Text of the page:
Cyprus Mail
Opinion

No home for the moderate leftist in Cyprus

The state-owned Cyprus Airways was the prime example of how government failed spectacularly as an entrepreneur

IN Cyprus there is some confusion regarding the definition of ‘leftist’ which may be explained by the absence of different tendencies within the left. The history of Cyprus, at least until the Turkish invasion, registered a polarisation of the political forces. There was the nationalist right, representing the church and bourgeoisie at one end and the communist left, supported by the workers and the overwhelming majority of intellectuals, at the other.

Lack of space prevents me from going into all the different strands of the left. Anyone seeking a clearer view of the subject could refer to the essay by Italian philosopher and academic Norbert Bobbio, titled ‘Left and Right’. I will dare to distinguish the two major trends – the communist and the moderate left. The former, embraced by Akel, is represented by Babeuf, Marx, Lenin, Stalin, Mao, Castro and Kim Jong-un while the latter is based on the “social democratic compromise” supported by the social democrats in the EU.

There is no doubt that the communist left has lost a lot of ground in recent decades and history has been mercilessly harsh. While it may have enjoyed unprecedented success to start with, triumphantly seizing power, eventually the communist left betrayed all its ideals, culminating in the ruthless, totalitarian regimes of the Soviet Union, China, Cuba and North Korea.

In contrast, the moderate left blossomed in Europe and its popularity remains undisputed to this day. The moderates pursued a “social democratic compromise” and succeeded in realising freedom, friendship and cooperation among nations and peoples, respect for all cultures, human values, democracy, rule of law, the welfare state and above all, equality. Special praise should be given to the greater equality achieved in terms of wealth, income and opportunities as well as the social protection provided to the weaker strata of society. The popularity of the welfare state forced the parties of the right to shift towards the centre and to embrace, to a large extent, the social policies of the social democrats.

But in Cyprus, the moderate leftist is left feeling extremely disappointed because searching within the party wardrobe he cannot find an outfit that suits him. Being an internationalist, he supports a bizonal bicommunal federation. This, therefore, excludes all the parties of the so-called centre (in reality they are all leader-based, far-right parties) which support the utopian settlement of a unified state, but unofficially the two-state solution. There are leaders of these parties that kid their supporters by promoting the Ayios Paisios prophecy/theory that sooner or later Turkey will be destroyed and Cyprus liberated. It is a theory that does not stand up to critical analysis but is embraced by the devout and faithful that are usually incredibly gullible.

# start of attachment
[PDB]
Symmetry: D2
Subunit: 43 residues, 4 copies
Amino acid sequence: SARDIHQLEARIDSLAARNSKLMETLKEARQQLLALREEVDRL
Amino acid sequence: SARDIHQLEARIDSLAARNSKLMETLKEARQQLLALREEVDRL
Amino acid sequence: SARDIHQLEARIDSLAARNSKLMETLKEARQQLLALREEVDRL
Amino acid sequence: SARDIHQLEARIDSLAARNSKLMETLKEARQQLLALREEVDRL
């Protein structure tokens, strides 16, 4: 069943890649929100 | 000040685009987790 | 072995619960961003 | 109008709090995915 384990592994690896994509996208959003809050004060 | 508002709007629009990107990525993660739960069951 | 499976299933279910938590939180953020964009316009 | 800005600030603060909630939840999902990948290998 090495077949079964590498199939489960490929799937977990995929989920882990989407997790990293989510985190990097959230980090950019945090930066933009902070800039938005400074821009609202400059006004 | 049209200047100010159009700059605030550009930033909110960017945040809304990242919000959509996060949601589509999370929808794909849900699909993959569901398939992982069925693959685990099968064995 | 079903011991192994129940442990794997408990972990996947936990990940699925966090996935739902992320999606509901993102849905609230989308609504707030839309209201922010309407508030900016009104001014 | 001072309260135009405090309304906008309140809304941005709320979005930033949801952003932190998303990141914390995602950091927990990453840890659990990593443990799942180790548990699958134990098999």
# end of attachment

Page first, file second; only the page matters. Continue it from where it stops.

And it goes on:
Leaving aside the far-right parties, the moderate leftist is faced with a choice between Disy and Akel. As regards Disy, he agrees with its economic policies but fears the taps of money flowing into the public payroll will remain turned on now that the cuts imposed on public sector wages and pensions in 2012 have been scrapped. He also agrees with Disy’s pro-settlement stance despite being disappointed with the recent change of approach by the president.

What really repels him is the insistence of the Disy leadership to honour George Grivas, the founder of the fascist ‘X’ organisation which fought side by side with the notorious security battalions of the Nazis during the German occupation of Greece. Even more repugnant for a leftist was the role played by Grivas as founder and leader of the criminal Eoka B, which created the ground for the July 1974 Greek junta coup and Turkish invasion.

This leaves Akel. Once again, the moderate leftist cannot easily give them his vote. First of all he would not want to identify with a party that championed totalitarian regimes. Then there is also its economic ideology. Akel suffers from an evolutionary problem, still zealously embracing the Soviet model of state ownership. The mere mention of privatisation causes nausea to the party top brass. Yet the bitter truth is, regardless of one’s ideology, the government failed spectacularly as an entrepreneur. The pinnacle of this failure was the national carrier, Cyprus Airways, that robbed the Cypriot public through extortionate fares and the constant need for subsidies. The state-owned airline was a flying monster with jaws of a shark and the talons of a gryphon.

A more immediate example is the case of the Strovolos municipality which decided recently to privatise the garbage collection service. If we judge by the experiences of other countries, the cost of this change usually leads to a 40 per cent reduction in cost. But how can such a move receive the approval of Akel councillors who are the apostles of public or state ownership?

Wrongly, in my view, do political commentators attribute the large voting abstention rate to apathy and indifference. Increased abstention is an indication of maturing democracy, not apathy. Even so, many moderate leftists refuse to vote for the reasons mentioned above. There is a void in the political party set-up which, if it were filled, would renew, revive, reform and regenerate party life.

 

George Koumoullis is an economist and social scientist

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